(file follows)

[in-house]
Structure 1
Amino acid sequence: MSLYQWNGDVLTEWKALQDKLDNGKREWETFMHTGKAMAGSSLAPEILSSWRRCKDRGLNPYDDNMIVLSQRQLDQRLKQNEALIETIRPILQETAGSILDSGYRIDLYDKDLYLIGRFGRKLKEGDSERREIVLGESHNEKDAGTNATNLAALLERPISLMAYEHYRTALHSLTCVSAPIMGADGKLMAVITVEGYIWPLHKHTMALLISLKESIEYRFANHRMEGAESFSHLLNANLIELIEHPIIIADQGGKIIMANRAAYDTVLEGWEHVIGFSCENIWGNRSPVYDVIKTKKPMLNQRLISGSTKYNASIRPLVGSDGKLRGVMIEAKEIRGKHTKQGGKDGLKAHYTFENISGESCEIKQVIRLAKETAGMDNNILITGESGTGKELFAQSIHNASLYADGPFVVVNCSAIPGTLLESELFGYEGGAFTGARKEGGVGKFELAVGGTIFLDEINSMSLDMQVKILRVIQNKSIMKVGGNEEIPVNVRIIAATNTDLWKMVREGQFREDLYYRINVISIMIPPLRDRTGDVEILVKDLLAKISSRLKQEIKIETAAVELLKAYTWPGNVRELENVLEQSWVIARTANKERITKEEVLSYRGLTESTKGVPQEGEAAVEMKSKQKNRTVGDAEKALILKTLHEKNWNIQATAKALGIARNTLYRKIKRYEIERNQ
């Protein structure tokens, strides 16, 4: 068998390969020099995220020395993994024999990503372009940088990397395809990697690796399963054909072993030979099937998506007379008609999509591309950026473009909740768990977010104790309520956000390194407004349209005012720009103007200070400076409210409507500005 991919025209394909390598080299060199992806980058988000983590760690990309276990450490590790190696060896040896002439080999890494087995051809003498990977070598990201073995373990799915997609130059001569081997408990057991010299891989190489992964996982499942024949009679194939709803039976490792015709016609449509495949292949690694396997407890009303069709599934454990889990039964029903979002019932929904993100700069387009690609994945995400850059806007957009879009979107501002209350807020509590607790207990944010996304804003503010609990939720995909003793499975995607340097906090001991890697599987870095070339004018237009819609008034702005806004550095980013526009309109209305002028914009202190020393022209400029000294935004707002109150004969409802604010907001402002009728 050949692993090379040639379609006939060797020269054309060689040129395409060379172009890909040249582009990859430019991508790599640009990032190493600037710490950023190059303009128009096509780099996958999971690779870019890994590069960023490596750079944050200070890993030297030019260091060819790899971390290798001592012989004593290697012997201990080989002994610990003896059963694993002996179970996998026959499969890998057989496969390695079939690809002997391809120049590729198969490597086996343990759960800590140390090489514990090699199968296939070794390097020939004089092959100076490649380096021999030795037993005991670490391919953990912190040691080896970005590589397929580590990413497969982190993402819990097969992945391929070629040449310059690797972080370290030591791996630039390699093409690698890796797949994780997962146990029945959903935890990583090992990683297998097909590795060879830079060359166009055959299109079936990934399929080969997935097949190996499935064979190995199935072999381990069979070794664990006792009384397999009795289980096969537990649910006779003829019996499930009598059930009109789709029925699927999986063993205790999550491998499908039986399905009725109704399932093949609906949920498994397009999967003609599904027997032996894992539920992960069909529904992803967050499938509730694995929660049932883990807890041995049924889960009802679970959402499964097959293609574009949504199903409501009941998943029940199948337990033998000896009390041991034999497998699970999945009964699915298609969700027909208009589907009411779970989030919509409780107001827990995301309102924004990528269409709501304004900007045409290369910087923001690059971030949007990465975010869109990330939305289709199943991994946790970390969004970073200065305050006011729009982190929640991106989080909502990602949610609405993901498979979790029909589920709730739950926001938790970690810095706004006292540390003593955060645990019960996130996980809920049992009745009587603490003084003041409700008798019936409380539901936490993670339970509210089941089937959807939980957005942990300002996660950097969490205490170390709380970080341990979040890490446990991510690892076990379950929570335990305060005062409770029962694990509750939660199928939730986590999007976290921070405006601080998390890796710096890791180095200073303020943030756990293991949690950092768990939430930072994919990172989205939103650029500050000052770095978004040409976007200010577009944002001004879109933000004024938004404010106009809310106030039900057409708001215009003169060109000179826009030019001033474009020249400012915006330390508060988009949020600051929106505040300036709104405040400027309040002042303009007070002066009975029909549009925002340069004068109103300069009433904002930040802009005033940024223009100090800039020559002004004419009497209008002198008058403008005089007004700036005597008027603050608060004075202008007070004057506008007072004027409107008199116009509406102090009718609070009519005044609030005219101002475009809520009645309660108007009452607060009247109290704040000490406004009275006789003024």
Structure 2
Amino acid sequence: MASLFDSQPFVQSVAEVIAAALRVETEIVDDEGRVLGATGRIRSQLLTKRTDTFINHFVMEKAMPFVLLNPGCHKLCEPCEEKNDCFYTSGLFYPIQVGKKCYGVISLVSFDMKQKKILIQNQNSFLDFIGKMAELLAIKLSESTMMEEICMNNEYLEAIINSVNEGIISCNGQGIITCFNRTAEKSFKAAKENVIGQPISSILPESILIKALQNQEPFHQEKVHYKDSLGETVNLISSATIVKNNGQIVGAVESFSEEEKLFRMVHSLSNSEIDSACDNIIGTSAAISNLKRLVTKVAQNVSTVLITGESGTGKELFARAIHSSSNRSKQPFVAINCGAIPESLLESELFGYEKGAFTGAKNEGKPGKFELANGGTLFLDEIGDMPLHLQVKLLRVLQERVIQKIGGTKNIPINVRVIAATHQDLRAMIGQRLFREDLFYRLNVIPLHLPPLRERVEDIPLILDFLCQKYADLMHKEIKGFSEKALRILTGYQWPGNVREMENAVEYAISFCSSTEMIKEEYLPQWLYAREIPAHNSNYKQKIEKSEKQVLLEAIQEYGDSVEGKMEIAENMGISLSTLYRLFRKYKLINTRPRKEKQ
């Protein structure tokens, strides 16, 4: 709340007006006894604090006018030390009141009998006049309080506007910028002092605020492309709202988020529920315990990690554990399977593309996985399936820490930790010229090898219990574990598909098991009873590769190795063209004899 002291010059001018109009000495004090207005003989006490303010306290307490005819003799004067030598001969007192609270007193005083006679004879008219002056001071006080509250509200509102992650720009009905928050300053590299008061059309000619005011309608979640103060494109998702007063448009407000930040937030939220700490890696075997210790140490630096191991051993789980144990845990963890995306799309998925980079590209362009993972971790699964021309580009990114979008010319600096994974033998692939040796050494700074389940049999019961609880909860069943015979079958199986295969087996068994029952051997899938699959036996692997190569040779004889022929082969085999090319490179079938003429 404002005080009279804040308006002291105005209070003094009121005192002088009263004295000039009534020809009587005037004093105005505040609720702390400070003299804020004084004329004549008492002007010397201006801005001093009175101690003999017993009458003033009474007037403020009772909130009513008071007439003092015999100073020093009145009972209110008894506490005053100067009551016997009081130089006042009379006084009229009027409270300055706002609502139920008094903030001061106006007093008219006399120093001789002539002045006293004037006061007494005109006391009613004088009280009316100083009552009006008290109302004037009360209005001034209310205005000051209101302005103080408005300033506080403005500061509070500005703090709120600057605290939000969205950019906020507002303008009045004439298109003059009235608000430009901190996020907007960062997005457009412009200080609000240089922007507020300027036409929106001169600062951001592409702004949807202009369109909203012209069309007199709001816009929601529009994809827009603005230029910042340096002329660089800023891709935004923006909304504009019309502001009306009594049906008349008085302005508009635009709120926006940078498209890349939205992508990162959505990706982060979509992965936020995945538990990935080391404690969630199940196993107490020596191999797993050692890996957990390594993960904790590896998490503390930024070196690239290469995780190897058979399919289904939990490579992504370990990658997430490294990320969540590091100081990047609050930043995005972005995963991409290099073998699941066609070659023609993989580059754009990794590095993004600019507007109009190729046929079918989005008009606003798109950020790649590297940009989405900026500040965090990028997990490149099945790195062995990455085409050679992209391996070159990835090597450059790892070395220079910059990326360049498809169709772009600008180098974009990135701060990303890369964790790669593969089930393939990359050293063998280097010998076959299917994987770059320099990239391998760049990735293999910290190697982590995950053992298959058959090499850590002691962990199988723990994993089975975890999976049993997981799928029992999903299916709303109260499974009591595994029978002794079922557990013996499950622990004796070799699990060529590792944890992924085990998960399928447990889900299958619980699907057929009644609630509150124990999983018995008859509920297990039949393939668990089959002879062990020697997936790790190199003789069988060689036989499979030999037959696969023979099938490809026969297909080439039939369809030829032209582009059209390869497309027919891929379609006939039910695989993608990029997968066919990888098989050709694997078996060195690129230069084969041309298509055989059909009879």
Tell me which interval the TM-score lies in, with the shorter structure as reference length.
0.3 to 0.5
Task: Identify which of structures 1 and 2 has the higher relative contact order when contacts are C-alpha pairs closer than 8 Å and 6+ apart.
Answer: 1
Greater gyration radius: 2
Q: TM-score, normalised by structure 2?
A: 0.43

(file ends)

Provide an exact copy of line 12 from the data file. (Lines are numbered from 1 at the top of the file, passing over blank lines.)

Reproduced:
Greater gyration radius: 2